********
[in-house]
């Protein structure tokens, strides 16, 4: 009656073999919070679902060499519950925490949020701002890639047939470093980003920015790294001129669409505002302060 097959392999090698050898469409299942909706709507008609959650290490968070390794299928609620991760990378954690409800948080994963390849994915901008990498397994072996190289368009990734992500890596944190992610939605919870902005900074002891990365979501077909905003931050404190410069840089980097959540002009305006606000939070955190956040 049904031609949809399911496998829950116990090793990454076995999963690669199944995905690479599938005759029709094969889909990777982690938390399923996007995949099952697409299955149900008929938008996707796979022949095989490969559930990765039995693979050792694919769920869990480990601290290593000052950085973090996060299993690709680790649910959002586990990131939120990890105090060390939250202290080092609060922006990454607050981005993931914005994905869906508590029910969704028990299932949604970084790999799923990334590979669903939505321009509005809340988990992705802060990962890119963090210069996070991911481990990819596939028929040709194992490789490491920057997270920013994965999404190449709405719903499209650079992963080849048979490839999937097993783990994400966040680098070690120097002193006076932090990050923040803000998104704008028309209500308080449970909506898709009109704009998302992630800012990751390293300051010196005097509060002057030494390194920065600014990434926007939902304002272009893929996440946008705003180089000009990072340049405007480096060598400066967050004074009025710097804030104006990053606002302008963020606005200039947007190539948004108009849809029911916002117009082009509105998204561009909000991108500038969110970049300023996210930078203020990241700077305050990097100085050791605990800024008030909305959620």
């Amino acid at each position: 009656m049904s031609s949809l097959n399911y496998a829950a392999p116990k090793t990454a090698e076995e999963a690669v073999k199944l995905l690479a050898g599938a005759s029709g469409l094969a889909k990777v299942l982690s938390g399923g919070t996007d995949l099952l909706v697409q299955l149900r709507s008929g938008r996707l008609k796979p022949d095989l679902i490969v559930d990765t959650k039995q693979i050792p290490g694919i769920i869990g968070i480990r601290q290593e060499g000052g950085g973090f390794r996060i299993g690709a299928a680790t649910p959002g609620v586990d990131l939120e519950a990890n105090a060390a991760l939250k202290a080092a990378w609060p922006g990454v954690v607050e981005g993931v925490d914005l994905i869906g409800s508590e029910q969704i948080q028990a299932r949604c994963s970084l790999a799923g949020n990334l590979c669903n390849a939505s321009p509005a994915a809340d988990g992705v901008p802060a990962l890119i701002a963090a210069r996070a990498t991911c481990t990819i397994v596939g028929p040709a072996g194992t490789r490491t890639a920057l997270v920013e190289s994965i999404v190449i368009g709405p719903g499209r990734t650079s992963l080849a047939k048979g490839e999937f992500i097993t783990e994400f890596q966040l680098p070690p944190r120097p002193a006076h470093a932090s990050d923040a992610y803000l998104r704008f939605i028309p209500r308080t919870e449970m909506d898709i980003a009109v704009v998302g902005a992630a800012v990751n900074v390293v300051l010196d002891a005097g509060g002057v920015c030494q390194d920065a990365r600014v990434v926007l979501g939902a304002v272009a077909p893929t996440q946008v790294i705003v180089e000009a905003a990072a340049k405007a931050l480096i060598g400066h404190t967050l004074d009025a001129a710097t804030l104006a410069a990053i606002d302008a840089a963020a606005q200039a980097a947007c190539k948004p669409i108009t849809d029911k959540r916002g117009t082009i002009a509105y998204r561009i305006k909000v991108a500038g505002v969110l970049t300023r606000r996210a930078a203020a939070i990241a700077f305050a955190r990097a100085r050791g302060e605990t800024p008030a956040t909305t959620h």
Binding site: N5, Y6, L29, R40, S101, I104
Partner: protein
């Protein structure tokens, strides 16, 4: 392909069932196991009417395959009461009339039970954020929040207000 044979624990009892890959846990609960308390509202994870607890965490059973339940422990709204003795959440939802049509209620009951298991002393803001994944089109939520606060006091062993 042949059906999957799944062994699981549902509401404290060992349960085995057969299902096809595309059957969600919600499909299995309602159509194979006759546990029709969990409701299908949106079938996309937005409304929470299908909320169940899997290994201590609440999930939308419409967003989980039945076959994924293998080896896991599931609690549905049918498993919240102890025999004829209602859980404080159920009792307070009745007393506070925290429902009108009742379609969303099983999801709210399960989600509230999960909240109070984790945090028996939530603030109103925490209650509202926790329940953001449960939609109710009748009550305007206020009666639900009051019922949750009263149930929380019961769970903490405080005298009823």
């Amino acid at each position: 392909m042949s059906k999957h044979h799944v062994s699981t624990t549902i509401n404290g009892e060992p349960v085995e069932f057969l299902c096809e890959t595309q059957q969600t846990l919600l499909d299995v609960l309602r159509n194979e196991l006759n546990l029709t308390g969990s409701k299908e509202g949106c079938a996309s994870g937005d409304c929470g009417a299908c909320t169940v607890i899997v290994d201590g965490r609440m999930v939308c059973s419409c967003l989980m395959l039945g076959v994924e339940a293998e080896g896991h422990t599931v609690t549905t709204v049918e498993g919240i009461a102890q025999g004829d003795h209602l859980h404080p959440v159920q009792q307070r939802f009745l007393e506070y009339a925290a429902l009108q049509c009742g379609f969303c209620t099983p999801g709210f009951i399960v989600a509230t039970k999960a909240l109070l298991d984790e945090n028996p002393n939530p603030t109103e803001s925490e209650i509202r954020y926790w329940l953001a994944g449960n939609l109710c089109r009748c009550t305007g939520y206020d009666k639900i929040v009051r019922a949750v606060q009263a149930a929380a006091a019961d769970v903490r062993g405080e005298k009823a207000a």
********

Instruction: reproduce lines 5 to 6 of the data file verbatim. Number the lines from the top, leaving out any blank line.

Partner: protein
């Protein structure tokens, strides 16, 4: 392909069932196991009417395959009461009339039970954020929040207000 044979624990009892890959846990609960308390509202994870607890965490059973339940422990709204003795959440939802049509209620009951298991002393803001994944089109939520606060006091062993 042949059906999957799944062994699981549902509401404290060992349960085995057969299902096809595309059957969600919600499909299995309602159509194979006759546990029709969990409701299908949106079938996309937005409304929470299908909320169940899997290994201590609440999930939308419409967003989980039945076959994924293998080896896991599931609690549905049918498993919240102890025999004829209602859980404080159920009792307070009745007393506070925290429902009108009742379609969303099983999801709210399960989600509230999960909240109070984790945090028996939530603030109103925490209650509202926790329940953001449960939609109710009748009550305007206020009666639900009051019922949750009263149930929380019961769970903490405080005298009823």